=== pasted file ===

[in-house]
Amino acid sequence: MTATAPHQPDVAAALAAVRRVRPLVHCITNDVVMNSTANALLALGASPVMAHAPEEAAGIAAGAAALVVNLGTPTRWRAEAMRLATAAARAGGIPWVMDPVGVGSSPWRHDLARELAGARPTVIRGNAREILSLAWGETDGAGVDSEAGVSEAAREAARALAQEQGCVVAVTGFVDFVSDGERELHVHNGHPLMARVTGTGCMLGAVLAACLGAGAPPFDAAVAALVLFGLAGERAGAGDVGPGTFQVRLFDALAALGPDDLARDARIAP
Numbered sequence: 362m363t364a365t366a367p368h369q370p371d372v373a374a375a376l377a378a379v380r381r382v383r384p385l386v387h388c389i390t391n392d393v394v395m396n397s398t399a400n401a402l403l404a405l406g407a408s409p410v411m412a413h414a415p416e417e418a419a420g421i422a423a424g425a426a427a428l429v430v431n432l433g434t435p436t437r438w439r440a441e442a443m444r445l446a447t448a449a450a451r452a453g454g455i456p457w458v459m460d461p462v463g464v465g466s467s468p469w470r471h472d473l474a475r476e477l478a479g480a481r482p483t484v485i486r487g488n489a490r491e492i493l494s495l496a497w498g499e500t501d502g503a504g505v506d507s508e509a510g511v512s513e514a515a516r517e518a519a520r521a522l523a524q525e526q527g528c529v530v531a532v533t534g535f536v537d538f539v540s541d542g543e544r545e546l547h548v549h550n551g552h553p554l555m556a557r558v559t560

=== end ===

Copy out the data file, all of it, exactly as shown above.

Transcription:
[in-house]
Amino acid sequence: MTATAPHQPDVAAALAAVRRVRPLVHCITNDVVMNSTANALLALGASPVMAHAPEEAAGIAAGAAALVVNLGTPTRWRAEAMRLATAAARAGGIPWVMDPVGVGSSPWRHDLARELAGARPTVIRGNAREILSLAWGETDGAGVDSEAGVSEAAREAARALAQEQGCVVAVTGFVDFVSDGERELHVHNGHPLMARVTGTGCMLGAVLAACLGAGAPPFDAAVAALVLFGLAGERAGAGDVGPGTFQVRLFDALAALGPDDLARDARIAP
Numbered sequence: 362m363t364a365t366a367p368h369q370p371d372v373a374a375a376l377a378a379v380r381r382v383r384p385l386v387h388c389i390t391n392d393v394v395m396n397s398t399a400n401a402l403l404a405l406g407a408s409p410v411m412a413h414a415p416e417e418a419a420g421i422a423a424g425a426a427a428l429v430v431n432l433g434t435p436t437r438w439r440a441e442a443m444r445l446a447t448a449a450a451r452a453g454g455i456p457w458v459m460d461p462v463g464v465g466s467s468p469w470r471h472d473l474a475r476e477l478a479g480a481r482p483t484v485i486r487g488n489a490r491e492i493l494s495l496a497w498g499e500t501d502g503a504g505v506d507s508e509a510g511v512s513e514a515a516r517e518a519a520r521a522l523a524q525e526q527g528c529v530v531a532v533t534g535f536v537d538f539v540s541d542g543e544r545e546l547h548v549h550n551g552h553p554l555m556a557r558v559t560